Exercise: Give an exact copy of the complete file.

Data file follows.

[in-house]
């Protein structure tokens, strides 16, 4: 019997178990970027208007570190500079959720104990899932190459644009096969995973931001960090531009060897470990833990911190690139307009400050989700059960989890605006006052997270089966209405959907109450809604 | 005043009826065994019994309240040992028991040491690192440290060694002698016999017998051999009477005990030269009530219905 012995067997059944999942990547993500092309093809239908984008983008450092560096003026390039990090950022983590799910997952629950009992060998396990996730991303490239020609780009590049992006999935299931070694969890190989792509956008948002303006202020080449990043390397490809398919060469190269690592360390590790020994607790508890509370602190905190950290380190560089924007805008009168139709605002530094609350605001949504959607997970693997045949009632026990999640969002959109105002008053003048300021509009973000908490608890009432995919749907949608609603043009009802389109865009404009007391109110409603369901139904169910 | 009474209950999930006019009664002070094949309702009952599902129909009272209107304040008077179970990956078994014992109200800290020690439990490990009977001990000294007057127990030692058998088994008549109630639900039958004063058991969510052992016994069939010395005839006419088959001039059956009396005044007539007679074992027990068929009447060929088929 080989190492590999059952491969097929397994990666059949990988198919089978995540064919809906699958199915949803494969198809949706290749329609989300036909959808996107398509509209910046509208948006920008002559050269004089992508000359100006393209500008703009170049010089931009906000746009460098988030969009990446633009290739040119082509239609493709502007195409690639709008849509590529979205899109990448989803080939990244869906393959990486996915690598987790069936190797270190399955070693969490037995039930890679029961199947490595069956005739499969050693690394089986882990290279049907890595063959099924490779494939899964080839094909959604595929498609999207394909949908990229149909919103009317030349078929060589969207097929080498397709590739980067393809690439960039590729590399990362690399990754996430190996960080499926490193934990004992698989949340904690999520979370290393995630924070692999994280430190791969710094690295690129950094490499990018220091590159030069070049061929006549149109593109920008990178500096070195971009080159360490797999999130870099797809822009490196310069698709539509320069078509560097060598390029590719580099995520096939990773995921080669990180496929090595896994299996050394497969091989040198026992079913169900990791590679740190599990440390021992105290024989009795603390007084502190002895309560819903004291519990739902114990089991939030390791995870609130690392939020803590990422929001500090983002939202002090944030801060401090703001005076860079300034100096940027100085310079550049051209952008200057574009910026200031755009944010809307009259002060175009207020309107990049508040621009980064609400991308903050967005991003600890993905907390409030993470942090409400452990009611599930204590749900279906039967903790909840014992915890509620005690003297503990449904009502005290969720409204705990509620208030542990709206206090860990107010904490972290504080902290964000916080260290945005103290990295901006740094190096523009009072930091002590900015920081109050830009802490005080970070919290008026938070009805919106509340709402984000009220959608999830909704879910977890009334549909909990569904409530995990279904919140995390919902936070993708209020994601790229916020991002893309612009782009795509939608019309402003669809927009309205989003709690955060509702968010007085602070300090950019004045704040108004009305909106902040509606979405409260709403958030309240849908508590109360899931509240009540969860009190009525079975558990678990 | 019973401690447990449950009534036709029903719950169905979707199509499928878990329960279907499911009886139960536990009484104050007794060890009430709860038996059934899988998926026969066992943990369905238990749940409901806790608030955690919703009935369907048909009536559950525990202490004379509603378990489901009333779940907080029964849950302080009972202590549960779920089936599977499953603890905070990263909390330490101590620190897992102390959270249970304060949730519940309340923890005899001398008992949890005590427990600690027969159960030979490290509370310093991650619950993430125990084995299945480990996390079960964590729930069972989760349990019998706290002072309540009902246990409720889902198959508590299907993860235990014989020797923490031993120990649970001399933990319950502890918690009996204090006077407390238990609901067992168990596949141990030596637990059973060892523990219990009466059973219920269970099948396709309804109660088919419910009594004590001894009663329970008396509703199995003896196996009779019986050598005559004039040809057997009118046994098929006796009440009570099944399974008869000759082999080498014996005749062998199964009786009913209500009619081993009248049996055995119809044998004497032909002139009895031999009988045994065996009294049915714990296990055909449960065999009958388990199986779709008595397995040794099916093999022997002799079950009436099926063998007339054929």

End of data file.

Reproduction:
[in-house]
């Protein structure tokens, strides 16, 4: 019997178990970027208007570190500079959720104990899932190459644009096969995973931001960090531009060897470990833990911190690139307009400050989700059960989890605006006052997270089966209405959907109450809604 | 005043009826065994019994309240040992028991040491690192440290060694002698016999017998051999009477005990030269009530219905 012995067997059944999942990547993500092309093809239908984008983008450092560096003026390039990090950022983590799910997952629950009992060998396990996730991303490239020609780009590049992006999935299931070694969890190989792509956008948002303006202020080449990043390397490809398919060469190269690592360390590790020994607790508890509370602190905190950290380190560089924007805008009168139709605002530094609350605001949504959607997970693997045949009632026990999640969002959109105002008053003048300021509009973000908490608890009432995919749907949608609603043009009802389109865009404009007391109110409603369901139904169910 | 009474209950999930006019009664002070094949309702009952599902129909009272209107304040008077179970990956078994014992109200800290020690439990490990009977001990000294007057127990030692058998088994008549109630639900039958004063058991969510052992016994069939010395005839006419088959001039059956009396005044007539007679074992027990068929009447060929088929 080989190492590999059952491969097929397994990666059949990988198919089978995540064919809906699958199915949803494969198809949706290749329609989300036909959808996107398509509209910046509208948006920008002559050269004089992508000359100006393209500008703009170049010089931009906000746009460098988030969009990446633009290739040119082509239609493709502007195409690639709008849509590529979205899109990448989803080939990244869906393959990486996915690598987790069936190797270190399955070693969490037995039930890679029961199947490595069956005739499969050693690394089986882990290279049907890595063959099924490779494939899964080839094909959604595929498609999207394909949908990229149909919103009317030349078929060589969207097929080498397709590739980067393809690439960039590729590399990362690399990754996430190996960080499926490193934990004992698989949340904690999520979370290393995630924070692999994280430190791969710094690295690129950094490499990018220091590159030069070049061929006549149109593109920008990178500096070195971009080159360490797999999130870099797809822009490196310069698709539509320069078509560097060598390029590719580099995520096939990773995921080669990180496929090595896994299996050394497969091989040198026992079913169900990791590679740190599990440390021992105290024989009795603390007084502190002895309560819903004291519990739902114990089991939030390791995870609130690392939020803590990422929001500090983002939202002090944030801060401090703001005076860079300034100096940027100085310079550049051209952008200057574009910026200031755009944010809307009259002060175009207020309107990049508040621009980064609400991308903050967005991003600890993905907390409030993470942090409400452990009611599930204590749900279906039967903790909840014992915890509620005690003297503990449904009502005290969720409204705990509620208030542990709206206090860990107010904490972290504080902290964000916080260290945005103290990295901006740094190096523009009072930091002590900015920081109050830009802490005080970070919290008026938070009805919106509340709402984000009220959608999830909704879910977890009334549909909990569904409530995990279904919140995390919902936070993708209020994601790229916020991002893309612009782009795509939608019309402003669809927009309205989003709690955060509702968010007085602070300090950019004045704040108004009305909106902040509606979405409260709403958030309240849908508590109360899931509240009540969860009190009525079975558990678990 | 019973401690447990449950009534036709029903719950169905979707199509499928878990329960279907499911009886139960536990009484104050007794060890009430709860038996059934899988998926026969066992943990369905238990749940409901806790608030955690919703009935369907048909009536559950525990202490004379509603378990489901009333779940907080029964849950302080009972202590549960779920089936599977499953603890905070990263909390330490101590620190897992102390959270249970304060949730519940309340923890005899001398008992949890005590427990600690027969159960030979490290509370310093991650619950993430125990084995299945480990996390079960964590729930069972989760349990019998706290002072309540009902246990409720889902198959508590299907993860235990014989020797923490031993120990649970001399933990319950502890918690009996204090006077407390238990609901067992168990596949141990030596637990059973060892523990219990009466059973219920269970099948396709309804109660088919419910009594004590001894009663329970008396509703199995003896196996009779019986050598005559004039040809057997009118046994098929006796009440009570099944399974008869000759082999080498014996005749062998199964009786009913209500009619081993009248049996055995119809044998004497032909002139009895031999009988045994065996009294049915714990296990055909449960065999009958388990199986779709008595397995040794099916093999022997002799079950009436099926063998007339054929």